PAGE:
As I explained last week, when I’m traveling solo I have no real need for top-end properties so unless they’re offering a great rate I usually move my search on to properties closer to the middle of the market range….but on this occasion I decided to check on the Conrad before I set my sights lower.
I remembered that I had written about a Hilton Asia sale a few days beforehand so I was hoping that the Conrad would be available at a nice discount…and I wasn’t disappointed.
S$416 for a two night stay (before taxes and fees) was a very good deal….especially as the JW Marriott (a 5 minute walk away) had quoted S$700 for the same dates.
Booking the Conrad was a no-brainer at that rate and I ended up paying S$489.63 after taxes and fees for my two night stay….
…which came to $359.84 after I had paid with my Hilton American Express Card.
$180 per night for a top-end hotel that I hadn’t stayed at before (so I was going to get a review out of it) was a deal I was very happy with and the icing on the cake was the fact that I knew the Conrad had recently been refurbished (so I knew the rooms should be good).
Miles & Points Earned On This Trip
I was stepping out into a brave new world (for me) in 2018 as I was crediting most of my oneworld flights to the British Airways Executive Club (I’ve discussed why I’m trying to give American Airlines less of my cash and why it made mathematical sense for me to abandon the AAdvantage program in favor of the BAEC in earlier posts)…so this is what I earned for my flights:
Qatar Airways Business Class flights:
- 560 Tier Points (140 per sector)
- 16,824 Avios
British Airways Economy Class flights:
- 10 Tier Points (5 per sector)
- 1,338 Avios
This one trip earned me 570 Tier points which, had this trip been at the beginning of the year, would have got me 95% of the way to British Airways Silver status (ignoring the 4 flight minimum requirement).
As it was it pushed me to within touching distance of British Airways Gold status (oneworld Emerald) which was my target for 2018.
My stay at the Conrad Centennial Singapore earned me:
- 2 nights towards elite status
- 11,574 Hilton Honors Points
In reality the elite earnings didn’t mean all that much to me as I get Hilton Gold Status as one of the benefits that comes with my Platinum Card from American Express and that’s more than enough for my needs right now.
Credit Card Earnings
All my flights were charged to my Amex Platinum Card which earns me 5 Membership Rewards points/dollar spent on airfare directly with airlines.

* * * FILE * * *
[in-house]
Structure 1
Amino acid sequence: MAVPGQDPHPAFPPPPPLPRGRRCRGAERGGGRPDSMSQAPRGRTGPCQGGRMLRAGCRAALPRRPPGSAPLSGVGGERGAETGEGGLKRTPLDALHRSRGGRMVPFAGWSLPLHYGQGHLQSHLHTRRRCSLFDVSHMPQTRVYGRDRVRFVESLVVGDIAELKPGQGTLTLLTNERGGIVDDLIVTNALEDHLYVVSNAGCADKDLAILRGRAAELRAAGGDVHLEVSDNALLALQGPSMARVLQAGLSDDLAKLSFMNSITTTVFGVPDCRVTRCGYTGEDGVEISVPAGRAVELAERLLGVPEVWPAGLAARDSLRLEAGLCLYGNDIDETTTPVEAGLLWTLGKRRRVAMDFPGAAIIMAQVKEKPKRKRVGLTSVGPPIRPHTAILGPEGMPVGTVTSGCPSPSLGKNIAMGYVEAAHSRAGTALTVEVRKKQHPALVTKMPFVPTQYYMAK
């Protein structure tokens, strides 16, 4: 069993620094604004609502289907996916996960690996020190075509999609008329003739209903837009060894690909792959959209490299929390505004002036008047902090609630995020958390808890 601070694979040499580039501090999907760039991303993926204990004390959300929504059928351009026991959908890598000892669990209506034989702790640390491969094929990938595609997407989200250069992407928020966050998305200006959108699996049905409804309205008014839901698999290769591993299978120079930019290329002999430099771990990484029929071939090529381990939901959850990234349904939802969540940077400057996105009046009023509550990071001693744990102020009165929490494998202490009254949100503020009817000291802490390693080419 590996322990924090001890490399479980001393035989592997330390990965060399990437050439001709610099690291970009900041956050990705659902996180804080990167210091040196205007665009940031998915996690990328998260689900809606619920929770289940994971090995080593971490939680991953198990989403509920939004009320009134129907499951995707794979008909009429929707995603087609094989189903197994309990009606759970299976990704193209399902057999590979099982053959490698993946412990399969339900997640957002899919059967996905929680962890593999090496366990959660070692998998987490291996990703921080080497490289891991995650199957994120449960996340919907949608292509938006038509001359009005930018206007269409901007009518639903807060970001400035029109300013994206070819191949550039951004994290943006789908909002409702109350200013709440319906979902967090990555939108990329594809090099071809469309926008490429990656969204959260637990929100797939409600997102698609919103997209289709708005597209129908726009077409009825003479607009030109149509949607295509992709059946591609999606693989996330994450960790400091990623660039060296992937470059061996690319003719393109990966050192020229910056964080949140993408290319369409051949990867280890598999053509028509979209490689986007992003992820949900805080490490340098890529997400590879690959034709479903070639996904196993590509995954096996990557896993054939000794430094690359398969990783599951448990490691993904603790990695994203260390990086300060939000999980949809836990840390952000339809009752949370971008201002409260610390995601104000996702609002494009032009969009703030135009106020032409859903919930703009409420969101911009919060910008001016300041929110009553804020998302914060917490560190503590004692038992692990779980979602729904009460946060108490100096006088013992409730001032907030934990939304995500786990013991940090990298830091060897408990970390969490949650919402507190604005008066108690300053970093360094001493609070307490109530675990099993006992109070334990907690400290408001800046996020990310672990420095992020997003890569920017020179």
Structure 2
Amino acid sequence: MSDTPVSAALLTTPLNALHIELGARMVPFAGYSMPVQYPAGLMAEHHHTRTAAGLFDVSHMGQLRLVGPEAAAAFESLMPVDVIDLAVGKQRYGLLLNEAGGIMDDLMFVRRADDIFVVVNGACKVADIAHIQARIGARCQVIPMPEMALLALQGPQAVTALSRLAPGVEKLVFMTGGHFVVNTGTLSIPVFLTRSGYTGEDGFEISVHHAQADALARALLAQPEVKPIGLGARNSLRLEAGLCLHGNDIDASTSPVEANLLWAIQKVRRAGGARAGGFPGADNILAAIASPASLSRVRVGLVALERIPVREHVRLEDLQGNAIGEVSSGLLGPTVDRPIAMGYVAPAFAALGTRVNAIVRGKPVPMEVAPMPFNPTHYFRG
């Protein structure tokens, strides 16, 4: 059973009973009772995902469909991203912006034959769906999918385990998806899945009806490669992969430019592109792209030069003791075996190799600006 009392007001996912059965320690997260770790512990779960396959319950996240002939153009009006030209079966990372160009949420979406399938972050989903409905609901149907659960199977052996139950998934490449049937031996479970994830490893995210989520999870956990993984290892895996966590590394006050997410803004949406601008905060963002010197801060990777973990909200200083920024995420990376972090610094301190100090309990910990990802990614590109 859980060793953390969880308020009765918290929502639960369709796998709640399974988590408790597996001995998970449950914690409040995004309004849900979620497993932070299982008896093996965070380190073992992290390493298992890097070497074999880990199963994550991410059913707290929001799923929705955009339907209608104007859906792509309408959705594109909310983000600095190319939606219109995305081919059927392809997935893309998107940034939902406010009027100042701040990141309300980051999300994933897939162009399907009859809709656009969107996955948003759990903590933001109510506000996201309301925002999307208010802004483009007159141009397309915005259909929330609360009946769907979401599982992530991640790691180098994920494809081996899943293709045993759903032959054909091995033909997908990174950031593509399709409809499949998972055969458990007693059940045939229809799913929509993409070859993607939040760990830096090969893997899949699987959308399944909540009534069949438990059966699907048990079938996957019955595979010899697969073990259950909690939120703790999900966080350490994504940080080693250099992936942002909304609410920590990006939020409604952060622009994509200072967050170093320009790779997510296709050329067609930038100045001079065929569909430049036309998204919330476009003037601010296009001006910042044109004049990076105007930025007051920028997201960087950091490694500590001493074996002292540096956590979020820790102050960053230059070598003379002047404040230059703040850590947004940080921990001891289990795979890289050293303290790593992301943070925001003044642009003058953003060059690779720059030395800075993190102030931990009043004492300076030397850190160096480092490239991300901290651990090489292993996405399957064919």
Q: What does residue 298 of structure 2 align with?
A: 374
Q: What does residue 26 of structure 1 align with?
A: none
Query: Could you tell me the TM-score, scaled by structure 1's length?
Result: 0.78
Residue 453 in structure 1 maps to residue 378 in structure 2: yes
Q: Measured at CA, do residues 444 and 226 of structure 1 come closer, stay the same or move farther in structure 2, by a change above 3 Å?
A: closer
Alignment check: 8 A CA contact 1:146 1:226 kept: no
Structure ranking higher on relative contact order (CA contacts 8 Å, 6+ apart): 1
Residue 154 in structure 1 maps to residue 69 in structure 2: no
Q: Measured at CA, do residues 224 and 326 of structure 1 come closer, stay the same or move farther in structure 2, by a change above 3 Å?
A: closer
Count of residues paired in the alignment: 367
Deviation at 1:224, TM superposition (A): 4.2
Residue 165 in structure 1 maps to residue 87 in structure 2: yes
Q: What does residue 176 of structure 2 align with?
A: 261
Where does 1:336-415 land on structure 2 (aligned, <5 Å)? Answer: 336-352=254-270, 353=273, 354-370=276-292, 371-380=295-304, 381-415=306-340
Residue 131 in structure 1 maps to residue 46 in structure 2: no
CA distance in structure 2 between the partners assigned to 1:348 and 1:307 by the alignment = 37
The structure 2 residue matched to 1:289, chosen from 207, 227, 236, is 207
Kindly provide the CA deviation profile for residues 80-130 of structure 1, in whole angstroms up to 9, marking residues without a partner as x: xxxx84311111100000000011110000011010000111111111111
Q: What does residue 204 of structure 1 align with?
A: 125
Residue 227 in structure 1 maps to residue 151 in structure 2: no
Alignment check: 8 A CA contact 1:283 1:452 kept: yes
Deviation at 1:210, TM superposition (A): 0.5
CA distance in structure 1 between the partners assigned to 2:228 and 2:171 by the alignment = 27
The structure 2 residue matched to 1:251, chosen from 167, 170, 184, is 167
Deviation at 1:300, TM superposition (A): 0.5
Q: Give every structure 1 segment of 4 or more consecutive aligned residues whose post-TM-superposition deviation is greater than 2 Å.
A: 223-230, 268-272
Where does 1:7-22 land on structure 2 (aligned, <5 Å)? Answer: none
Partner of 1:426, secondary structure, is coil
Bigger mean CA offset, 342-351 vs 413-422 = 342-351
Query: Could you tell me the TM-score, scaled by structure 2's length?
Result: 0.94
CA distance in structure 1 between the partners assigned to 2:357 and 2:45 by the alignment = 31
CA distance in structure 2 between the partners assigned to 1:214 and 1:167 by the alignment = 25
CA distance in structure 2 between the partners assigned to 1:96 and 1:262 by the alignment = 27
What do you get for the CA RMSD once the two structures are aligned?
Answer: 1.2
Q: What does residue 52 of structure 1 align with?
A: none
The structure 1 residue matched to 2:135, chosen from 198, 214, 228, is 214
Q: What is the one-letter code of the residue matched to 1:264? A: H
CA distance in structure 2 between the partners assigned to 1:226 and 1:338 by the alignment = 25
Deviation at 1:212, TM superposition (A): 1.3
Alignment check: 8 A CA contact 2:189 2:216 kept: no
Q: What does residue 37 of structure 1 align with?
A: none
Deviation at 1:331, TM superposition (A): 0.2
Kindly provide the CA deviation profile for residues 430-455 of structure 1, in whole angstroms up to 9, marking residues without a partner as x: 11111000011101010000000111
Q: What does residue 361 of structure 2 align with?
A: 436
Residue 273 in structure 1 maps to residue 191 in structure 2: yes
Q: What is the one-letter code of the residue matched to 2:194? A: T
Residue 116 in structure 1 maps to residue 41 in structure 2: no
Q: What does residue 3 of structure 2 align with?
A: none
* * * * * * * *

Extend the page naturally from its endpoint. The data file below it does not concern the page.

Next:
These brought in a total of 7,115 membership Rewards Points which I value, conservatively, at 1.5 cents each – that’s an effective rebate of ~$107.
I paid for my hotel stay using my Hilton Honors American Express Credit Card which earns me 7 points/dollar spent with Hilton and, as that’s the only spend I put on my Hilton Amex in that period, my monthly statement summed up my earnings from this stay:
I value Hilton Honors points at around 0.4 cents each so the 2,520 points I earned for this stay is an effective rebate of $10.08
- 570 British Airways Tier Points
- 18,162 Avios
- 7,115 Membership Rewards Points
- 2,520 Hilton Honors Points
This is where the trade-off between the British Airways Executive Club and American Airlines AAdvantage is plain to see:
- One trip earned me enough Tier Points to get 38% of the way to top-tier status (I would have earned 21,090 EQM and 2,782 EQD had I credited this trip to AAdvantage and those represent 21% and 23% of the two requirements for American’s top-tier status) but…
- The number of Avios I earned pales into insignificance compared to the 28,752 Miles I would have earned had I credited my flights to the AAdvantage program.
I’m still happy to sacrifice redeemable miles in favor of Tier points…but it also still hurts a little 🙂
It may have been a super-short visit but I loved my time in Singapore – that city never lets me down.
In the coming days and weeks I’ll post reviews of the lounges I used in Stockholm and Singapore, (I’ve reviewed the Al Mourjan Business Class Lounge in Doha before), I’ll review the Conrad Centennial Singapore (update: review is now live) and I’ll post reviews of the Qatar Airways 787 Dreamliner (update: review is now live) and A350-900 Business Class experiences (update: review is now live).
If anyone has any questions on why I booked what I booked (or why I paid what I paid) then just ask in the comments section below and I’ll try to answer as best as I can.